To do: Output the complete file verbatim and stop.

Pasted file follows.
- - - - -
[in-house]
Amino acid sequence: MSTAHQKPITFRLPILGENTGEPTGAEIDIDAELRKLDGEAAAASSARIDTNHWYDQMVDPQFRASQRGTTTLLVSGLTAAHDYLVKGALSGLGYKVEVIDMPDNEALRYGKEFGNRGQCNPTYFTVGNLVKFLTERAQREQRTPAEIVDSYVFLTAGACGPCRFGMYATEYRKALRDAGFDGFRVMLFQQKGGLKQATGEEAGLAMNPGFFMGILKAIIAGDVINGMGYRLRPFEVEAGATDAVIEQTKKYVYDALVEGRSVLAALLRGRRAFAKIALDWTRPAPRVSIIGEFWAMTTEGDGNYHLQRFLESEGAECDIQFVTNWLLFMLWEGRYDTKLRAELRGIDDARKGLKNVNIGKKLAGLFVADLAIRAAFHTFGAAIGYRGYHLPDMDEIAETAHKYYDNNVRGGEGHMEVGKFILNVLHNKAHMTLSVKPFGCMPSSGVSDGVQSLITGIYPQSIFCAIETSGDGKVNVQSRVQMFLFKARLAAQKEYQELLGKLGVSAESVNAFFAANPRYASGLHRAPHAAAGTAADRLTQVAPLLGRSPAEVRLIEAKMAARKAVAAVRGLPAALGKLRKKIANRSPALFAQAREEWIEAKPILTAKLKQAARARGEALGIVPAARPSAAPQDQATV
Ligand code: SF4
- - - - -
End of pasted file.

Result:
[in-house]
Amino acid sequence: MSTAHQKPITFRLPILGENTGEPTGAEIDIDAELRKLDGEAAAASSARIDTNHWYDQMVDPQFRASQRGTTTLLVSGLTAAHDYLVKGALSGLGYKVEVIDMPDNEALRYGKEFGNRGQCNPTYFTVGNLVKFLTERAQREQRTPAEIVDSYVFLTAGACGPCRFGMYATEYRKALRDAGFDGFRVMLFQQKGGLKQATGEEAGLAMNPGFFMGILKAIIAGDVINGMGYRLRPFEVEAGATDAVIEQTKKYVYDALVEGRSVLAALLRGRRAFAKIALDWTRPAPRVSIIGEFWAMTTEGDGNYHLQRFLESEGAECDIQFVTNWLLFMLWEGRYDTKLRAELRGIDDARKGLKNVNIGKKLAGLFVADLAIRAAFHTFGAAIGYRGYHLPDMDEIAETAHKYYDNNVRGGEGHMEVGKFILNVLHNKAHMTLSVKPFGCMPSSGVSDGVQSLITGIYPQSIFCAIETSGDGKVNVQSRVQMFLFKARLAAQKEYQELLGKLGVSAESVNAFFAANPRYASGLHRAPHAAAGTAADRLTQVAPLLGRSPAEVRLIEAKMAARKAVAAVRGLPAALGKLRKKIANRSPALFAQAREEWIEAKPILTAKLKQAARARGEALGIVPAARPSAAPQDQATV
Ligand code: SF4